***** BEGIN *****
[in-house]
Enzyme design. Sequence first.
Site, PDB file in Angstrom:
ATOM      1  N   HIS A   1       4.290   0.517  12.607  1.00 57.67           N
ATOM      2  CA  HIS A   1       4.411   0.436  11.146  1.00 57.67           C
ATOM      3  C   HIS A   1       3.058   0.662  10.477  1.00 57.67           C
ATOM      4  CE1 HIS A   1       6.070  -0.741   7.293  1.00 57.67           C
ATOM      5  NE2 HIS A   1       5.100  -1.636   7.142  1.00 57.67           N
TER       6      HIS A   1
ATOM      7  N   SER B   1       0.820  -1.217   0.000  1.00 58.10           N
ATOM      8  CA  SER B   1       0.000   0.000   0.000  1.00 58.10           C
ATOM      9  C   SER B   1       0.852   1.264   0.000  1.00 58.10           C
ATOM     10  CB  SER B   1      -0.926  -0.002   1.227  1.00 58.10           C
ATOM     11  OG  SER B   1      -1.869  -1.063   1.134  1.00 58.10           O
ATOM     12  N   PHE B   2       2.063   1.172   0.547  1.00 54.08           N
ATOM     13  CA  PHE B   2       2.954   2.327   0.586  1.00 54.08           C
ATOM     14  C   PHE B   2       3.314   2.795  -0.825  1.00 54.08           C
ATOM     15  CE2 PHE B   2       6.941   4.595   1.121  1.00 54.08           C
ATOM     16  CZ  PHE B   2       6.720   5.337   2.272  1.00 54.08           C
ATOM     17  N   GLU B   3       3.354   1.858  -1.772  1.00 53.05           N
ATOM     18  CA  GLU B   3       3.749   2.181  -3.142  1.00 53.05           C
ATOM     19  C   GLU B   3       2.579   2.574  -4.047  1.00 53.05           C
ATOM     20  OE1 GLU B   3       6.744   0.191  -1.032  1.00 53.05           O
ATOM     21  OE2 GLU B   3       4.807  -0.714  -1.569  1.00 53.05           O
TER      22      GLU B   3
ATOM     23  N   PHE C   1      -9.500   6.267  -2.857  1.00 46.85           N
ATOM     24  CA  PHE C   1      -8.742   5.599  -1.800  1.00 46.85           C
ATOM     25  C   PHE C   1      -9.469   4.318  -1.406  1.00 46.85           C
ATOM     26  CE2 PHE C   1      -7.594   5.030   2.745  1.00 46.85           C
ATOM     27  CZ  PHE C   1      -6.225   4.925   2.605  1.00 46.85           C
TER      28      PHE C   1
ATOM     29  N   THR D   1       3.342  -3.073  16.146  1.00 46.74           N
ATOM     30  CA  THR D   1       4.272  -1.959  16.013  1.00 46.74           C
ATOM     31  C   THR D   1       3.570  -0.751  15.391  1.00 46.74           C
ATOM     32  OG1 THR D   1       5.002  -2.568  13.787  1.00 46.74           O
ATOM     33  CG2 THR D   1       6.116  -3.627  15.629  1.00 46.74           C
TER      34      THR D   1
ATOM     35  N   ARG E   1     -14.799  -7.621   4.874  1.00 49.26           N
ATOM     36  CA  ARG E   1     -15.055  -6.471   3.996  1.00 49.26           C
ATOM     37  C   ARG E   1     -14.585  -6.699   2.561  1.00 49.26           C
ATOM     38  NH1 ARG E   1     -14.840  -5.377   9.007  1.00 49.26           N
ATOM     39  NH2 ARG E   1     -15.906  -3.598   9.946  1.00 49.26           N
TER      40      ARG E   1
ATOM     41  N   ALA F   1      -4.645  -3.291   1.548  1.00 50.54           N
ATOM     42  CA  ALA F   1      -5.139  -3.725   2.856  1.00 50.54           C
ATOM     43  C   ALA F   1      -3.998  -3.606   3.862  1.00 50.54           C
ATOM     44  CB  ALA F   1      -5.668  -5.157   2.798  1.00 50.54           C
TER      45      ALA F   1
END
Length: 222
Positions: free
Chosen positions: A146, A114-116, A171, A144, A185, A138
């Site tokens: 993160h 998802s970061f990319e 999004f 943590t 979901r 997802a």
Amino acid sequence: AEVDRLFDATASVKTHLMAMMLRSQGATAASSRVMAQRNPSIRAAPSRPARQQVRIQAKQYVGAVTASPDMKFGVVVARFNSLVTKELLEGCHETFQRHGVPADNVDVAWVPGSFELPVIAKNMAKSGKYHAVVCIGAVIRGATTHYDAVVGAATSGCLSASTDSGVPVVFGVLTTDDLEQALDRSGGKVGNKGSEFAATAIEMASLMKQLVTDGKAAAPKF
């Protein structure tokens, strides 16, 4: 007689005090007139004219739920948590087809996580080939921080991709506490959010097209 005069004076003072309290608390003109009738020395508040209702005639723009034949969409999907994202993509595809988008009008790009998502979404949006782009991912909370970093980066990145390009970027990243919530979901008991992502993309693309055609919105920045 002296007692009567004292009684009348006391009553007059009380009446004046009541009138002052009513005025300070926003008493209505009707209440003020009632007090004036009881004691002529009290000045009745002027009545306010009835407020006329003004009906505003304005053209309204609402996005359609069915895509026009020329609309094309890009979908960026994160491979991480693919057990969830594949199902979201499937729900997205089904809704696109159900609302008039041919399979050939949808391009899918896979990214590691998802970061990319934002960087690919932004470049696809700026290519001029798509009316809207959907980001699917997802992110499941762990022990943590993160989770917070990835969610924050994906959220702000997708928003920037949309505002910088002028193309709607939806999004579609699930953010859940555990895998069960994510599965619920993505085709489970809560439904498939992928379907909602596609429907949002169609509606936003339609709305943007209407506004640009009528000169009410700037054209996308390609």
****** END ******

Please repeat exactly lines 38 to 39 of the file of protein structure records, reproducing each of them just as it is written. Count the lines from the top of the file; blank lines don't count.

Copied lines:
ATOM     35  N   ARG E   1     -14.799  -7.621   4.874  1.00 49.26           N
ATOM     36  CA  ARG E   1     -15.055  -6.471   3.996  1.00 49.26           C